On top of that, the firm has additional overhead, like paying for document review software and its Westlaw account. So the firm might not be making that much money on your after all. And it is highly unlikely the firm is able to bill for you sitting in on a deposition or hearing, so based on your billable rate alone, it’s hard to say whether your hourly rate is “fair.”

Attorney entering billable hours at computer

How do you Bill Hours at a Law Firm?

There are essentially three components to billing hours:

  • The name of the client/the matter;
  • The project (i.e., what you worked on); and
  • The amount of time you spent.

And that is it! Firms have software to keep track of their billables and invoice their clients. Depending on the firm, you may be responsible for entering that information yourself, or you may give it to someone else who will enter your billables for you.

At most firms, attorneys enter their own billable hours.

Most firms bill in 6-minute increments, but some firms bill in 15. Or the billing increment may vary pending the client/matter.

Billing in 6 Minute Increments & Attorney Billable Hours Chart

6-minute increments are kind of confusing, but the easiest way is to use an attorney billable hours chart to convert your time into increments until you memorize it. See directly below for a billable hours chart and directions.

Six-Minute Increment Billable Hour Conversion Chart/Legal Billing Increment Chart

So how does this work?

Say you spent 3 hours and 45 minutes writing a memorandum for a partner. Just look at the chart and calculate 1.0 for each of the three hours, which would be 3.0. Then add the forty-five minutes, which equals 0.8. So you’d bill your time as 3.8.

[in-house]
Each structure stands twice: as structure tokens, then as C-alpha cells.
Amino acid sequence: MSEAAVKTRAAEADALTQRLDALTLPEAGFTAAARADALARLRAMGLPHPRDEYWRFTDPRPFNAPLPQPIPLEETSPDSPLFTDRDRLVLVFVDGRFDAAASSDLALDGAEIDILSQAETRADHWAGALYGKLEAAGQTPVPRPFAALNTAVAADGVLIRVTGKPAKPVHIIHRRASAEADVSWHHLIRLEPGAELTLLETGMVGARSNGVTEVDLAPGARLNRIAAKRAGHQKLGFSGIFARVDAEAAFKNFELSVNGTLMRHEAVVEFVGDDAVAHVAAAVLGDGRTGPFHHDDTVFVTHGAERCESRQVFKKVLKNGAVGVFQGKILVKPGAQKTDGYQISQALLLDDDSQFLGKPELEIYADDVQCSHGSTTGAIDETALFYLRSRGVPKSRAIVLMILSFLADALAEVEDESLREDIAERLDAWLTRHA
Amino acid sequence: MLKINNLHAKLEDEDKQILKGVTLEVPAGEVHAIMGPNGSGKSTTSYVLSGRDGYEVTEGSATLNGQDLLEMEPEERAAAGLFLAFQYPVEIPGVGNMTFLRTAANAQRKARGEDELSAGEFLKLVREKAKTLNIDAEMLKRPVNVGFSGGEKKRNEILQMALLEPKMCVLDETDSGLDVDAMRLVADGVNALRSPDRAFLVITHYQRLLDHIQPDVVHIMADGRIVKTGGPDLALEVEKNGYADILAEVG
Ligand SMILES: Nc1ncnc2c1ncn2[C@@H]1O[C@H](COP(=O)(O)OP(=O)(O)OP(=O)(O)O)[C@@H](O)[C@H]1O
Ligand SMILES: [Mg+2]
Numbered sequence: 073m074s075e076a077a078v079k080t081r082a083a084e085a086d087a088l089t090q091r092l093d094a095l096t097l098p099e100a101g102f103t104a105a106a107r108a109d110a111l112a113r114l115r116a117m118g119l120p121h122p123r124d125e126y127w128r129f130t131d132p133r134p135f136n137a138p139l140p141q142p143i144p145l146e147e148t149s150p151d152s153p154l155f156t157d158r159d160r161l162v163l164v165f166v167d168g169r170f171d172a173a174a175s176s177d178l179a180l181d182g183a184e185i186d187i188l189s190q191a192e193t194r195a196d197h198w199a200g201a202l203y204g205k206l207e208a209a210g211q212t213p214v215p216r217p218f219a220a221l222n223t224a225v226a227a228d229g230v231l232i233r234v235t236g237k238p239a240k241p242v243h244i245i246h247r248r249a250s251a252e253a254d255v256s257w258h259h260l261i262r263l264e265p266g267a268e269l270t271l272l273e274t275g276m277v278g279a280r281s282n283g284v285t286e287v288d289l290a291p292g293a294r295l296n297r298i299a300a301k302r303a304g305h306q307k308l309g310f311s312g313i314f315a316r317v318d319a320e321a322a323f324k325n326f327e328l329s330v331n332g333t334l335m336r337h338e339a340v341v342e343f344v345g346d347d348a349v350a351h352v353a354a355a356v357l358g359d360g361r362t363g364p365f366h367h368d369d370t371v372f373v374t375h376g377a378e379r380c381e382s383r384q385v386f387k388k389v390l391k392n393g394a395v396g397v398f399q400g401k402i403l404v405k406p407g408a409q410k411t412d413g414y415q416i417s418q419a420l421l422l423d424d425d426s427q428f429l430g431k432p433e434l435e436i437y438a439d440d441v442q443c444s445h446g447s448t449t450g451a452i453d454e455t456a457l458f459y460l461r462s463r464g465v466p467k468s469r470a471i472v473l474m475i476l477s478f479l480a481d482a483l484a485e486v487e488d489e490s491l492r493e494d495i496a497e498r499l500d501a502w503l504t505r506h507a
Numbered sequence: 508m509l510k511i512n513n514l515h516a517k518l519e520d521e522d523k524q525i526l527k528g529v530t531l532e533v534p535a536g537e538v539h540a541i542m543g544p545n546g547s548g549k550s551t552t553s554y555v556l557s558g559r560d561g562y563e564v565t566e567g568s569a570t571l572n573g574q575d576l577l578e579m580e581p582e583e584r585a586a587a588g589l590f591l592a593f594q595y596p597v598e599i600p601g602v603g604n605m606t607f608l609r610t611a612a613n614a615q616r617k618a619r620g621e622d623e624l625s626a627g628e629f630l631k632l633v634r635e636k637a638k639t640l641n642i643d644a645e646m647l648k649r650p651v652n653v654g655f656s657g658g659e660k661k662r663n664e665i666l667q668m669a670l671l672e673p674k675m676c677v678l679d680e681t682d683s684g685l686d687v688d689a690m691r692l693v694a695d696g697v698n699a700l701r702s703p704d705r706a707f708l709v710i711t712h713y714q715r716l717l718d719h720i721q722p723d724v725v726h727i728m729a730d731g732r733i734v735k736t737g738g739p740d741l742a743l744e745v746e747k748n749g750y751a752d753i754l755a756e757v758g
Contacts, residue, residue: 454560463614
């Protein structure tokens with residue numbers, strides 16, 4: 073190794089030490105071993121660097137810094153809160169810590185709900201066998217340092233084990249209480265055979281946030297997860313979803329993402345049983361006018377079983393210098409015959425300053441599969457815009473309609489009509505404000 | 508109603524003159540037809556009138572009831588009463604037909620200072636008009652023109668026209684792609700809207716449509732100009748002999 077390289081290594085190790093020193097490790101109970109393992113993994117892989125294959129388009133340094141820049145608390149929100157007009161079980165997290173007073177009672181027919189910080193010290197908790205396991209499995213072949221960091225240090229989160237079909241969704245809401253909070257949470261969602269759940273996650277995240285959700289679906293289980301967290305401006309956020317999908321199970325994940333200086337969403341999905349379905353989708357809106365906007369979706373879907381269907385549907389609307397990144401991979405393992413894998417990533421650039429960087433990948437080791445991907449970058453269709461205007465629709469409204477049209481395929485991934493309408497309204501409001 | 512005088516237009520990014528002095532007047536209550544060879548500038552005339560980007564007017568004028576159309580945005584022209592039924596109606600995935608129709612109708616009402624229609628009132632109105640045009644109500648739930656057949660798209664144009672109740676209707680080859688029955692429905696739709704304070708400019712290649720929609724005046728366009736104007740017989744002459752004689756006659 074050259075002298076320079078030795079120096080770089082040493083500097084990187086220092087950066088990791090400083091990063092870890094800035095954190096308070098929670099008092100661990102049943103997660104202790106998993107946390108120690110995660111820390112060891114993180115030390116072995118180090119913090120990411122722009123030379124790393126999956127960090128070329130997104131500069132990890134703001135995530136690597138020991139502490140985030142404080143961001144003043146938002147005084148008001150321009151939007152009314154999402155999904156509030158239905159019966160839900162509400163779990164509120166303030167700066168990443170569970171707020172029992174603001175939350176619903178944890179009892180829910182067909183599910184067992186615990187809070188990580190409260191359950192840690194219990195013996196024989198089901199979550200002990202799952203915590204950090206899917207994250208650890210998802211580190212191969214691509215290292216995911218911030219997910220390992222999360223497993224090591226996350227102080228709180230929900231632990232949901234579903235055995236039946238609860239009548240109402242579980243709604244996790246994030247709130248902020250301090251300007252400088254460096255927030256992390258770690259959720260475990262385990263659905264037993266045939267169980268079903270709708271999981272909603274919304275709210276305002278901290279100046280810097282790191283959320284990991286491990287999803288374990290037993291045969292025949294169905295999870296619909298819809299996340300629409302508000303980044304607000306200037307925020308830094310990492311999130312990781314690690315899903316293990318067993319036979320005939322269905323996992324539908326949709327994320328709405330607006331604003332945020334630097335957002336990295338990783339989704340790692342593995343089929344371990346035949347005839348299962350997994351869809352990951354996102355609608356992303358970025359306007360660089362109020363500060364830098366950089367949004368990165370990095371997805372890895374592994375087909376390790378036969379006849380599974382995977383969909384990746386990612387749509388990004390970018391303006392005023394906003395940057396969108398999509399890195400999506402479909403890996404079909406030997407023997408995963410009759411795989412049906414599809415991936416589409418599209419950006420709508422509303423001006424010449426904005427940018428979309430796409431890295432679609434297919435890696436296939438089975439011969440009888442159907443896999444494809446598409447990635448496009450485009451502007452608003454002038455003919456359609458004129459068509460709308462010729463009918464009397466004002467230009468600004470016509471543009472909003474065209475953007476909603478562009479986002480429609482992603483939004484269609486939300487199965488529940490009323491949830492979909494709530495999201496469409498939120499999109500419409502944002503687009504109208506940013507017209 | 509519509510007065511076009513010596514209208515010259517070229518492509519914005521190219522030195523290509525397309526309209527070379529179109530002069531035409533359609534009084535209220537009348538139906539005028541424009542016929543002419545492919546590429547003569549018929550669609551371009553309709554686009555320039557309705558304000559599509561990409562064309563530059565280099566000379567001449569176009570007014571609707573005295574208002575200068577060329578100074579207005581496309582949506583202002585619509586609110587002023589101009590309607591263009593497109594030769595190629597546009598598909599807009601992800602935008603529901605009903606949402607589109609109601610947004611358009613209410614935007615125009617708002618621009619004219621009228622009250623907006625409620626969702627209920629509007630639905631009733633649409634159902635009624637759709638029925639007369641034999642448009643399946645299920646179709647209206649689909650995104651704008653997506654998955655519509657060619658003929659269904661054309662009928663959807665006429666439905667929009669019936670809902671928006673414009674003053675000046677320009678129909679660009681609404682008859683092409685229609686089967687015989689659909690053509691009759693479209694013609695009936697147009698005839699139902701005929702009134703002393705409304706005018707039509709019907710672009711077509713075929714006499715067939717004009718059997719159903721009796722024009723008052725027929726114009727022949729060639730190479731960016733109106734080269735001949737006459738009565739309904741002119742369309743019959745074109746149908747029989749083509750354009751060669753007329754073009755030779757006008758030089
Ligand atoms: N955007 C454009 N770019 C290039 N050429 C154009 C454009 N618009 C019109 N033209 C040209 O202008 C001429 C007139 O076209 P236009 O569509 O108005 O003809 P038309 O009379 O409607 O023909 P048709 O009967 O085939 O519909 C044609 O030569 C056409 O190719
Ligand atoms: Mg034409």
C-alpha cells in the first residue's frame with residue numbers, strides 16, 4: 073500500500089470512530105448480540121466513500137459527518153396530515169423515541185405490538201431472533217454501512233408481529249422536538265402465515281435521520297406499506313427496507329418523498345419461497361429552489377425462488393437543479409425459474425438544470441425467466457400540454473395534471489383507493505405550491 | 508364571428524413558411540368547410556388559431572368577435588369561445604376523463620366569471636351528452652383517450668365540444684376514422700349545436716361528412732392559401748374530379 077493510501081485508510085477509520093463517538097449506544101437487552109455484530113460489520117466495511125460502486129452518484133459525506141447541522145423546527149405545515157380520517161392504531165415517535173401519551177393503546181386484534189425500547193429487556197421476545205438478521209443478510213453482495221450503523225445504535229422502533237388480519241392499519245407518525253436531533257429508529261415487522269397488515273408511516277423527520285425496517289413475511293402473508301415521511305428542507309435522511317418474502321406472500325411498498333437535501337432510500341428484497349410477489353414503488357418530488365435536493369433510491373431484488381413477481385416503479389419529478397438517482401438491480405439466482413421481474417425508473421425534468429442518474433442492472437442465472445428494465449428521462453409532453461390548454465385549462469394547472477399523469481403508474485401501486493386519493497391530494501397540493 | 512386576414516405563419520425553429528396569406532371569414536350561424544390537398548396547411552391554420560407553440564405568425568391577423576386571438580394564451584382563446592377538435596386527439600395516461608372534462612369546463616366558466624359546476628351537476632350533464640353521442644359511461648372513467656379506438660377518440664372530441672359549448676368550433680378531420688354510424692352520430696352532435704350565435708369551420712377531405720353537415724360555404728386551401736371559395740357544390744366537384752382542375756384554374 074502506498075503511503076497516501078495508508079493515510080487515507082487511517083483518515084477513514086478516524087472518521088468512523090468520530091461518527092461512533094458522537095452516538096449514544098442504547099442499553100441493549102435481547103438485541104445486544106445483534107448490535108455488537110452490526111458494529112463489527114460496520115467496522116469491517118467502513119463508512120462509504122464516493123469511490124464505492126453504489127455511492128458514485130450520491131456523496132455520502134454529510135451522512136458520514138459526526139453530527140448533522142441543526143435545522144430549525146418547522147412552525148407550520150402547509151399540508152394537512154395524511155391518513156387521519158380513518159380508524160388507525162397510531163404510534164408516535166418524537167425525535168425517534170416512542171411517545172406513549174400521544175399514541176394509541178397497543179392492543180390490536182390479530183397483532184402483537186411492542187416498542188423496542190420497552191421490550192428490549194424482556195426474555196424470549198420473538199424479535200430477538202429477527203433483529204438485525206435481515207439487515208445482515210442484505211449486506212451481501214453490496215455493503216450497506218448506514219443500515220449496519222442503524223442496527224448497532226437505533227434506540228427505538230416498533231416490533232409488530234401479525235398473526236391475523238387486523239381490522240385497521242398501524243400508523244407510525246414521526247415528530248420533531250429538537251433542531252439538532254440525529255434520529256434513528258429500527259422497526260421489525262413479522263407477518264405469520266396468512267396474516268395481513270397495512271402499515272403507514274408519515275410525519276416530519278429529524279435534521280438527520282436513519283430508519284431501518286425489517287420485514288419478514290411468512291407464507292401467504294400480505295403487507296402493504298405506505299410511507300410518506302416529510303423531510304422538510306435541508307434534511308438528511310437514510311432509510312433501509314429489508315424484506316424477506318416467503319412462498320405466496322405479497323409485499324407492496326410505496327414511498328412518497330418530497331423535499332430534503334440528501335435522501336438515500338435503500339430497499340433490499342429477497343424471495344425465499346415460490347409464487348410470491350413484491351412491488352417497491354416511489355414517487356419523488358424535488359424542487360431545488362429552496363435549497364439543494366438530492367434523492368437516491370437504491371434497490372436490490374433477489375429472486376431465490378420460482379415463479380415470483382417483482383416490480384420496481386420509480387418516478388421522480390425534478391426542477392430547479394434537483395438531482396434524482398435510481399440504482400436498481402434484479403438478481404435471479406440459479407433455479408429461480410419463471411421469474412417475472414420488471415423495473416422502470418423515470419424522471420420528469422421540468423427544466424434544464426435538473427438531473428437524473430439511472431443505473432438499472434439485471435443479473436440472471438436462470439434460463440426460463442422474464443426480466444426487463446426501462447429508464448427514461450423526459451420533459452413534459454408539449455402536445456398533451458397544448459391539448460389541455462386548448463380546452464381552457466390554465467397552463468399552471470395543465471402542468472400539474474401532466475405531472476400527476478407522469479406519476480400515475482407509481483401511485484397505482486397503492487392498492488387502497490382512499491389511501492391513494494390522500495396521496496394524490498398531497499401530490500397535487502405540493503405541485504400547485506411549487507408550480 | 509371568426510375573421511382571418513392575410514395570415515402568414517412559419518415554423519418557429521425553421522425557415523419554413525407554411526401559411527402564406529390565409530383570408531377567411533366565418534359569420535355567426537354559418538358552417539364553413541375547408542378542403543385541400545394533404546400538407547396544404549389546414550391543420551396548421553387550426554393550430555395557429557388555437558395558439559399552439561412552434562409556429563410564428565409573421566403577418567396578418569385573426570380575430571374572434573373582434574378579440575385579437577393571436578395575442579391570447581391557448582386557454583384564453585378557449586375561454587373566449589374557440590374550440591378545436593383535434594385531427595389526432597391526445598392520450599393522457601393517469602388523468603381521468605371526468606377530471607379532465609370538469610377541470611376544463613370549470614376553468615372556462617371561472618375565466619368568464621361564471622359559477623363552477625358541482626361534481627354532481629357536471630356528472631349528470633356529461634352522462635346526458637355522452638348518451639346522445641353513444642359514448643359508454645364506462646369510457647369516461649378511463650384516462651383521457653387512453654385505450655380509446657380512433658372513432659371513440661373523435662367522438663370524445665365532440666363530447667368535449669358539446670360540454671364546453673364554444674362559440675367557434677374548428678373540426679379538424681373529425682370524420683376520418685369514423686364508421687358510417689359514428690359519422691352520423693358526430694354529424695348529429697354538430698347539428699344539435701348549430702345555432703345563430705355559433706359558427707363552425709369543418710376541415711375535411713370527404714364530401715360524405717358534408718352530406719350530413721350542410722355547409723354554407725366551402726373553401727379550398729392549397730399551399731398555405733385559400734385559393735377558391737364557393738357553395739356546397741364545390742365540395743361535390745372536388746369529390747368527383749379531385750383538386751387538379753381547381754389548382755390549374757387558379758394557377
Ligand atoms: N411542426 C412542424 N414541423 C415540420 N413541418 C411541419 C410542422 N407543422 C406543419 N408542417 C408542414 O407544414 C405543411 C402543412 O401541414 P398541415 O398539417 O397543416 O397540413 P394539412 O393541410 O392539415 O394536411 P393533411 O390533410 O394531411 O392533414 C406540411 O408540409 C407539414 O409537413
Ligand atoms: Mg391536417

Of course, along with the length of time, you’ll enter the name of the client and a description of the work you performed that includes enough details to explain the bill to the client.

Some firms have software that has a built-in timer that will automatically convert your time into 6-minute increments. If you prefer not to use the chart, you might check to see if your firm has that option for tracking your time.

Related: Five Great Resources for First-Year and Pre-Law Students

While you are here, check out my new book: The Complete Guide to On-Campus Interviews!

This is a must-read for law students interested in BigLaw. It features,

Insider perspectives about OCI, Pages & pages of interview questions, content from the OCI Success Series, an entire chapter dedicated to FAQs, and much, much more!

What are Unbillable Hours vs Billable Hours?